Saldana had gone down to town's main square for an Independence Day celebration, a rare time off for villagers who spent most of their days working in their coffee plantations. Because it was raining, Saldana told her sons to stay home while she went down to the square to get some of the free hominy stew being given away.

Then she heard the landslide, a low rumbling that villagers described as sounding like an earthquake. When she ran back to where her house once stood, it no longer existed.

"I tried to get back to my kids, but I couldn't" Saldana said between sobs. "I feel bad, because I lost everything."

Death toll nears 100 in storm-ravaged Mexico


21 September 2013 (AFP) – Mexico struggled Saturday to recover from the effects of heavy rain that drenched two-thirds of the country over the last week, killing more than 100 people in landslides and flooding.

Since September 14 the country has been hammered by tropical storms Ingrid and Manuel, which left a trail of destruction that damaged tens of thousands of homes, flooded cities and washed out roads.

Mexico has not been hit simultaneously by two powerful storms like this since 1958, the National Weather Service said.

After regenerating into a hurricane and hitting the northwestern state of Sinaloa late Thursday, Manuel finally dissipated over the mountains.

As of late Friday the death toll stood at 101, with 68 people missing following a massive mudslide that swallowed half of the village of La Pintada in Guerrero state, Interior Minister Miguel Angel Osorio Chong said.

Osorio Chong delivered the grim news Friday from the resort town of Acapulco, in one of the worst-affected regions, with President Enrique Pena Nieto by his side.

The state of Guerrero was the hardest hit, with at least 65 deaths and its Pacific resort of Acapulco left isolated after the two roads to Mexico City were covered by landslides on September 15.

Osorio Chong also said that authorities are searching for a police helicopter that had been evacuating people from La Pintada when it disappeared Thursday. Only crew members were apparently missing.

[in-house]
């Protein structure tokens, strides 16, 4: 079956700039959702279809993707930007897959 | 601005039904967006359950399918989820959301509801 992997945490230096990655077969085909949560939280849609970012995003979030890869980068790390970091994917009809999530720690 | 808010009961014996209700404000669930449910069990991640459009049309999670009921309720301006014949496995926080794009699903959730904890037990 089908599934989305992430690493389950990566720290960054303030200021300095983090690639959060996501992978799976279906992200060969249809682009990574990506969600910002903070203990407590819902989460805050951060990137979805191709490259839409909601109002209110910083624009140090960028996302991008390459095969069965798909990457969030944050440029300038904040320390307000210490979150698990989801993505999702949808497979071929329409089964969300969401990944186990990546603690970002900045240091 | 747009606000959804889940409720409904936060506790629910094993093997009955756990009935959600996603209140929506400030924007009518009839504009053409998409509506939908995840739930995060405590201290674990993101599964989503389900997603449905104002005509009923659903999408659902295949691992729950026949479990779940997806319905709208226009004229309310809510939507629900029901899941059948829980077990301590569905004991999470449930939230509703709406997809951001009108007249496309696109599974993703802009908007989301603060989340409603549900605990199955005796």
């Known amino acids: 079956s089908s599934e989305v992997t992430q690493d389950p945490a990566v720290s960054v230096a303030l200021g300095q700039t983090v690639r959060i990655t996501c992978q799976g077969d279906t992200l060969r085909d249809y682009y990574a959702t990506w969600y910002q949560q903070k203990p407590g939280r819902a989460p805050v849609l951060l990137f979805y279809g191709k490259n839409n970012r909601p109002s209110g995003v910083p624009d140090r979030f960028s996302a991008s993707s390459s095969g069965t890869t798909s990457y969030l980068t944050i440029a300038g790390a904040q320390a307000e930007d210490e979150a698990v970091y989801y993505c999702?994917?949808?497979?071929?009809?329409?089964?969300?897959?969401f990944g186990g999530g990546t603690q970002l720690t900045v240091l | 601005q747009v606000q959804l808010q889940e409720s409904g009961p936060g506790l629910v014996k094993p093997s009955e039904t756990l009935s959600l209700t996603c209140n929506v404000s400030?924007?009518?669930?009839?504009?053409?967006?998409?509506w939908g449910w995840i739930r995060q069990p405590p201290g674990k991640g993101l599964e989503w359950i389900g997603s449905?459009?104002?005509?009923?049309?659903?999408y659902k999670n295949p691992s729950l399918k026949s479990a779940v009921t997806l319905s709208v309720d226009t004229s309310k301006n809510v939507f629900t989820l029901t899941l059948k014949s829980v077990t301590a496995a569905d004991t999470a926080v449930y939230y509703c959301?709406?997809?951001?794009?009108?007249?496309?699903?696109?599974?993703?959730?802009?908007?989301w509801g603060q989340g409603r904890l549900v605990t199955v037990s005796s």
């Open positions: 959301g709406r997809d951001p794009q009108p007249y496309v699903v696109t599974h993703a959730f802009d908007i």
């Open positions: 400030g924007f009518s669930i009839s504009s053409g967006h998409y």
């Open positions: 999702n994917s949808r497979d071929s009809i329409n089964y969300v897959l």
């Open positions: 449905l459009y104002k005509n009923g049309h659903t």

"We are really worried," the minister earlier told Radio Formula. "They risked their lives all the time, because it was important to evacuate people."

The cost of repairing damage caused by the two storms is still "incalculable," Osorio Chong said. […]

Aerial view of a fallen bridge over the Papagayo River in Acapulco, Mexico, 17 September 2013. Photo: Ronaldo Schemidt / AFP / Getty Images

Thousands of tourists trapped in flood-stricken Acapulco packed into cars and buses on Friday after authorities reopened the road link to Mexico City following the storms.

Traffic piled up as police allowed cars to leave in groups of 50 to avoid huge backups on the "Sun Highway."

The highway department warned travelers that the trip north, which usually takes around four hours, would last nine to 10 hours, with only a single lane open in some stretches and a diversion to another road. […]

Half the city was flooded, while rising waters brought out crocodiles. Looters ransacked stores. […]

Meanwhile hundreds of troops and rescuers dug with shovels and pickaxes in La Pintada, the coffee-growing village west of Acapulco swamped by a massive mudslide.

Officially, two people were killed -- their bodies were pulled out of the debris -- and 68 are missing. Villagers fear that scores have perished.

"I think there's a lot of dead. A lot of my relatives died, they're buried and we can't do anything," said farmer Diego Zeron.

The mud collapsed on the village of 400 people during independence day celebrations last Monday, swallowing homes, a school and church before crashing into the river. [more]

More than 100 killed in Mexico landslides, flooding